Dog's Eye View: The payoff

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When asked why he robbed banks, a notorious bank robber often was quoted as saying, “because that’s where the money is.”

I happened to think of this while watching our neighbor’s cat walk up and down our driveway bordered by large rocks, hunting for field mice.

He has come back every day with great hunting success. This location has become a big payoff place for him. It’s kind of his “mouse bank."

Dog's Eye View

This weekly column about dog training publishes on Fridays in the Steamboat Today. Read more columns here.

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Sandra Kruczek

When we’re coaching students on how teach their dog to get into his kennel crate or go lie down on his soft mat/dog bed, we ask the students to toss lots of treats, one at a time, in rapid fire succession directly into the crate or onto the mat when the dog is actually in his crate or lying on the mat.

This has the effect of giving their dog a “jackpot” or a really yummy “payoff."

The key is that the dog is in the final target location when the treats come forth. You’ve taught him that the crate and mat have value.

We use the term “target” to reflect how the dog can see where to go and that when he gets there, he gets a reward. This type of training is fun for the owner and the dog and it’s usually quickly understood by the dog.

The concept of reinforcing a specific behavior with a jackpot is actually pretty simple.

Dogs are more likely to repeat a behavior that has a positive consequence. I use the term positive as it relates to adding something (treats, toys, etc.) that is pleasing to the dog.

Often just praise and petting is acceptable to a dog under general circumstances. But deliver a bunch of “knock out” little pieces of meat or cheese when your dog runs to his mat near the door when the doorbell rings and you might be surprised at how quickly he catches on that this behavior and this location have a great payoff. Just see if he’ll try to get this doggie food bank to pay dividends again when the doorbell rings.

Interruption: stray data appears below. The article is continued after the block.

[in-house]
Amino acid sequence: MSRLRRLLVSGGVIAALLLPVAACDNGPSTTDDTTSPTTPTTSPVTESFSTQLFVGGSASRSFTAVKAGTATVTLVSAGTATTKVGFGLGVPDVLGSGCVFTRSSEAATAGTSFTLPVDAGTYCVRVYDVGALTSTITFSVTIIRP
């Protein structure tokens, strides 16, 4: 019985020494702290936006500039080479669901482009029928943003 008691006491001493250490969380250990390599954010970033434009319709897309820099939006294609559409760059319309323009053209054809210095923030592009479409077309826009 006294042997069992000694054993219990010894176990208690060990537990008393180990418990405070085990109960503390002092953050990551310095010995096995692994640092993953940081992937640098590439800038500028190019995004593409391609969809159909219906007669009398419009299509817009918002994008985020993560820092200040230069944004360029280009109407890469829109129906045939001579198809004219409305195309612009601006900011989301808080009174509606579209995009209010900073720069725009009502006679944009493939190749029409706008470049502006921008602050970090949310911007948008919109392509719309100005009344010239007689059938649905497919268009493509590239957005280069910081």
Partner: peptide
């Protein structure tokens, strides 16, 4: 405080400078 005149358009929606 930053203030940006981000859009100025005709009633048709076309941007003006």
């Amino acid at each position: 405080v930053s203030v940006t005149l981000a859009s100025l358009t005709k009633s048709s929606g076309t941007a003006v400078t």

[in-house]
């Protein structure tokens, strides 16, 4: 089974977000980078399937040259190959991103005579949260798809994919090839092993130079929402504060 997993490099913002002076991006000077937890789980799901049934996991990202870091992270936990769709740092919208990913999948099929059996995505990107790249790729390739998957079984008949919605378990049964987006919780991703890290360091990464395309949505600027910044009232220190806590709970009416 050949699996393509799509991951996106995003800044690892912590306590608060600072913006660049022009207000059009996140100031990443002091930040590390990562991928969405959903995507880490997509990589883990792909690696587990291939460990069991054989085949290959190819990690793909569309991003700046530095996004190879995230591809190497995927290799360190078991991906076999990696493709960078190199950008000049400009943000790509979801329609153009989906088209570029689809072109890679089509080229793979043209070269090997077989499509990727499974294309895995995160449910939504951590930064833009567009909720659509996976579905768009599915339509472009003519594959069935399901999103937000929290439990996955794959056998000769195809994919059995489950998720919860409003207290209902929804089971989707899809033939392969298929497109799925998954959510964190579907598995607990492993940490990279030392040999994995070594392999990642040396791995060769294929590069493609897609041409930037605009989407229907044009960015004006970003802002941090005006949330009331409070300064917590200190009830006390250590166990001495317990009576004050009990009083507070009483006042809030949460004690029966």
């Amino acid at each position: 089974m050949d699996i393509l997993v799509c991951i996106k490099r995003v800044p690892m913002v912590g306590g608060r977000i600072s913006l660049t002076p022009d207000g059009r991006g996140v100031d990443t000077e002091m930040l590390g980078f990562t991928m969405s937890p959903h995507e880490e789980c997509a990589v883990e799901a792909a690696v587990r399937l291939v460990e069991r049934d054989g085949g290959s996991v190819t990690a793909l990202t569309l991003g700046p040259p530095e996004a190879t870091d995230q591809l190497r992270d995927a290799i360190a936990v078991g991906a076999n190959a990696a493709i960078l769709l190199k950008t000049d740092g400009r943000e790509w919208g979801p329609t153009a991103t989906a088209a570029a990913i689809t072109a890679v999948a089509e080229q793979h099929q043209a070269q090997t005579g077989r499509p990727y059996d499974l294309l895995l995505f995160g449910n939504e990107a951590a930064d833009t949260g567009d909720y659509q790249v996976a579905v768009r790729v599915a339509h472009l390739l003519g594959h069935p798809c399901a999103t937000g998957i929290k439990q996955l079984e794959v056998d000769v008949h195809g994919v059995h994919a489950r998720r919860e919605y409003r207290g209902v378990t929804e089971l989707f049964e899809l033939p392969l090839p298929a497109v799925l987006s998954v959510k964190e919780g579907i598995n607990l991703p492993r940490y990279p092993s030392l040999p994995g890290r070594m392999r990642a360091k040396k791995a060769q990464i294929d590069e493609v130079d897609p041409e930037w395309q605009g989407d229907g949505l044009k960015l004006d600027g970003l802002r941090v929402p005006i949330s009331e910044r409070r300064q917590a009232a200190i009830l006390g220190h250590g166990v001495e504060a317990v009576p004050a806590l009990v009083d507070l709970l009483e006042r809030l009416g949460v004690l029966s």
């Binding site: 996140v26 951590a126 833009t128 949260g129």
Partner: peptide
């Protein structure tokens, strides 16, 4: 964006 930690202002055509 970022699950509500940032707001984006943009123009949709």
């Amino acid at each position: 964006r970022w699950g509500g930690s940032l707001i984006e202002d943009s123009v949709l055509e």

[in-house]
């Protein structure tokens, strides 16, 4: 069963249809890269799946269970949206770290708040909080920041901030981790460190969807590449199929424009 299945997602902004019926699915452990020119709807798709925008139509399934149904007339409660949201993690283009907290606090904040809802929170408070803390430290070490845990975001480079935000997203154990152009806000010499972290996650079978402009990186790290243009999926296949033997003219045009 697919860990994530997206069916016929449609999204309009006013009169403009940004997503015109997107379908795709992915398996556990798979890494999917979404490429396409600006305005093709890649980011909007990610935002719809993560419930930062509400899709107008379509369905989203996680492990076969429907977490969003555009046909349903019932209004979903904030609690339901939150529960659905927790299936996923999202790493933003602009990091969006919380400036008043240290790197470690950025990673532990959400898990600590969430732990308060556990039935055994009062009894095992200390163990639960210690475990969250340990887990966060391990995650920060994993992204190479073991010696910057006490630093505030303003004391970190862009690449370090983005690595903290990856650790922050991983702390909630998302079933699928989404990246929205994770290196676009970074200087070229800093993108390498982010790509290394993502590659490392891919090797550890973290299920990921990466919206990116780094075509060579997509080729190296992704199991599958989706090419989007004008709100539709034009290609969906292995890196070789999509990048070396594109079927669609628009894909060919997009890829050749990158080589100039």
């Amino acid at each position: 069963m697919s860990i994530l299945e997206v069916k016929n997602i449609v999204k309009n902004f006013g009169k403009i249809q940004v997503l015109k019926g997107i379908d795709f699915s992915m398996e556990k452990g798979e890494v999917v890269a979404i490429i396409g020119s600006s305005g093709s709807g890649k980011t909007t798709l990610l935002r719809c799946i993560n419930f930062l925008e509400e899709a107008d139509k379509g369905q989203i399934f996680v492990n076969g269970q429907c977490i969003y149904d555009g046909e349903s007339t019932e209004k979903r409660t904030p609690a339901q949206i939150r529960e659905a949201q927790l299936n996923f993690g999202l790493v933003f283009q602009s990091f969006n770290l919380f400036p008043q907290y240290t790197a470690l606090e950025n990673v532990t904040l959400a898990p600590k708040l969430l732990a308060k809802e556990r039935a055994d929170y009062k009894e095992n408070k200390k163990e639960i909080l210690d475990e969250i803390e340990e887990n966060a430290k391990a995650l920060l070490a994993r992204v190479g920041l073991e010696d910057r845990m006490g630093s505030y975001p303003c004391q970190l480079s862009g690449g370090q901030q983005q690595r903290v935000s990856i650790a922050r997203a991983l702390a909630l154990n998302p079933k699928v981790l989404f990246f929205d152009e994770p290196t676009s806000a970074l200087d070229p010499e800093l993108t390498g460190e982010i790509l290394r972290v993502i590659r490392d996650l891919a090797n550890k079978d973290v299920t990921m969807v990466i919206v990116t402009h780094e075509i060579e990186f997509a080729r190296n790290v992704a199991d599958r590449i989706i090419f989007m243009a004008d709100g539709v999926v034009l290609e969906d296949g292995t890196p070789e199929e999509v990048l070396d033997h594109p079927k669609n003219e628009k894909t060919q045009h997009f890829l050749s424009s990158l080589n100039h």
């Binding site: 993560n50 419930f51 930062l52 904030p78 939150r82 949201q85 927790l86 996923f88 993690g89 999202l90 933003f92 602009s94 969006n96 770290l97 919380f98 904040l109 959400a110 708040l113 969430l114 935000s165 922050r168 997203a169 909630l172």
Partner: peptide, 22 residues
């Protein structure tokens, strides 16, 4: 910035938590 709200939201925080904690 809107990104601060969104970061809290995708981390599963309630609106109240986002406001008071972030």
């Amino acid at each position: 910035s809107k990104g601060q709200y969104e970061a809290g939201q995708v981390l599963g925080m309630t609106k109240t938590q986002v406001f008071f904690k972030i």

When my dog Stuart was young, he was wild when the doorbell rang. I had to teach him what I wanted him to do rather than race me to the door, barking and lunging. So I placed his crate near the door and rang the doorbell myself (since I could repeat the training process over and over) and tossed treats into his crate after he got in.

Ultimately, he caught on that when the doorbell rang, he was highly reinforced with the best treats inside his crate.

One day when I was gone, my husband was outside and didn’t notice that a friend had come to the house, rang the doorbell and thinking that no one was there, drove away. When my husband came back inside, he couldn’t find Stuart. He ultimately located him in his crate next to the front door, waiting patiently for his treat.

To this day, I practice this valuable exercise frequently.

Dr. Ian Dunbar, a well known veterinarian and behaviorist, once said that the people in America raced to California in the 1848 gold rush because that’s where the gold was. They didn’t race to New York! The prospect of a jackpot kept them going back for a long time.

Sandra Kruczek is a Certified Professional Dog Trainer at Total Teamwork Training for more than 25 years and can be contacted at www.totalteamworktraining.com.

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